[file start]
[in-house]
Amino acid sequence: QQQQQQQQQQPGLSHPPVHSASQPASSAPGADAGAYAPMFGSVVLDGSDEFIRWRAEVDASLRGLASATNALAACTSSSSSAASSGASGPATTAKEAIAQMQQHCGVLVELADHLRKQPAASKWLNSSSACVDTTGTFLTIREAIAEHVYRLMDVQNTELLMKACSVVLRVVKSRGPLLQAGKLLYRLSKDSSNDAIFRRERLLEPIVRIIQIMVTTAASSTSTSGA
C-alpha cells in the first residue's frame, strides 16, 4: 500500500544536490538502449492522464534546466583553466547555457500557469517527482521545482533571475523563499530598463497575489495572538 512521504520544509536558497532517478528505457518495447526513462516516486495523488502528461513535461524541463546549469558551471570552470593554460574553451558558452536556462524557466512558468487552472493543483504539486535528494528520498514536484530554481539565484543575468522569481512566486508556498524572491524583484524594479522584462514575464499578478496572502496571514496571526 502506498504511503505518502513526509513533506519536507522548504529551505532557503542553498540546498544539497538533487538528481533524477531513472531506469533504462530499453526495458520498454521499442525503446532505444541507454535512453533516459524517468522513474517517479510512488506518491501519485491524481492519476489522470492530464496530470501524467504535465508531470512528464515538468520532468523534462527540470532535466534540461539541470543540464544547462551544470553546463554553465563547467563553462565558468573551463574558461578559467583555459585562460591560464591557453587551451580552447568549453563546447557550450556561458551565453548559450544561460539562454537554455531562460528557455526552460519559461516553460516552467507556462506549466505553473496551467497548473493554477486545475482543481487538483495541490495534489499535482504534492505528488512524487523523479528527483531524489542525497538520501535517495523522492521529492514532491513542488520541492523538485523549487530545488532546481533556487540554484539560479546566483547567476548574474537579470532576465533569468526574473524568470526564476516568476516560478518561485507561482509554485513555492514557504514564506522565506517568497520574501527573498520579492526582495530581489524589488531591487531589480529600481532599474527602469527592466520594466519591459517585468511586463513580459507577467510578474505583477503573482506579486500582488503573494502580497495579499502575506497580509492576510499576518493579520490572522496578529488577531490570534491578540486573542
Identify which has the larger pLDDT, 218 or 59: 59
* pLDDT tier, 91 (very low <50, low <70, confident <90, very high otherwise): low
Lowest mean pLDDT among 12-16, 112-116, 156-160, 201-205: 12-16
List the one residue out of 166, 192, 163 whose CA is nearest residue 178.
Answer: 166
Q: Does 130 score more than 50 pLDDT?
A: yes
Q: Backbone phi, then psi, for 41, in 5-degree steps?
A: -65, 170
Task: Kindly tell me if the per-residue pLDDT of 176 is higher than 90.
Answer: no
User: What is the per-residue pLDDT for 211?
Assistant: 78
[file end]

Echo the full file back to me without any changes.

[in-house]
Amino acid sequence: QQQQQQQQQQPGLSHPPVHSASQPASSAPGADAGAYAPMFGSVVLDGSDEFIRWRAEVDASLRGLASATNALAACTSSSSSAASSGASGPATTAKEAIAQMQQHCGVLVELADHLRKQPAASKWLNSSSACVDTTGTFLTIREAIAEHVYRLMDVQNTELLMKACSVVLRVVKSRGPLLQAGKLLYRLSKDSSNDAIFRRERLLEPIVRIIQIMVTTAASSTSTSGA
C-alpha cells in the first residue's frame, strides 16, 4: 500500500544536490538502449492522464534546466583553466547555457500557469517527482521545482533571475523563499530598463497575489495572538 512521504520544509536558497532517478528505457518495447526513462516516486495523488502528461513535461524541463546549469558551471570552470593554460574553451558558452536556462524557466512558468487552472493543483504539486535528494528520498514536484530554481539565484543575468522569481512566486508556498524572491524583484524594479522584462514575464499578478496572502496571514496571526 502506498504511503505518502513526509513533506519536507522548504529551505532557503542553498540546498544539497538533487538528481533524477531513472531506469533504462530499453526495458520498454521499442525503446532505444541507454535512453533516459524517468522513474517517479510512488506518491501519485491524481492519476489522470492530464496530470501524467504535465508531470512528464515538468520532468523534462527540470532535466534540461539541470543540464544547462551544470553546463554553465563547467563553462565558468573551463574558461578559467583555459585562460591560464591557453587551451580552447568549453563546447557550450556561458551565453548559450544561460539562454537554455531562460528557455526552460519559461516553460516552467507556462506549466505553473496551467497548473493554477486545475482543481487538483495541490495534489499535482504534492505528488512524487523523479528527483531524489542525497538520501535517495523522492521529492514532491513542488520541492523538485523549487530545488532546481533556487540554484539560479546566483547567476548574474537579470532576465533569468526574473524568470526564476516568476516560478518561485507561482509554485513555492514557504514564506522565506517568497520574501527573498520579492526582495530581489524589488531591487531589480529600481532599474527602469527592466520594466519591459517585468511586463513580459507577467510578474505583477503573482506579486500582488503573494502580497495579499502575506497580509492576510499576518493579520490572522496578529488577531490570534491578540486573542
Identify which has the larger pLDDT, 218 or 59: 59
* pLDDT tier, 91 (very low <50, low <70, confident <90, very high otherwise): low
Lowest mean pLDDT among 12-16, 112-116, 156-160, 201-205: 12-16
List the one residue out of 166, 192, 163 whose CA is nearest residue 178.
Answer: 166
Q: Does 130 score more than 50 pLDDT?
A: yes
Q: Backbone phi, then psi, for 41, in 5-degree steps?
A: -65, 170
Task: Kindly tell me if the per-residue pLDDT of 176 is higher than 90.
Answer: no
User: What is the per-residue pLDDT for 211?
Assistant: 78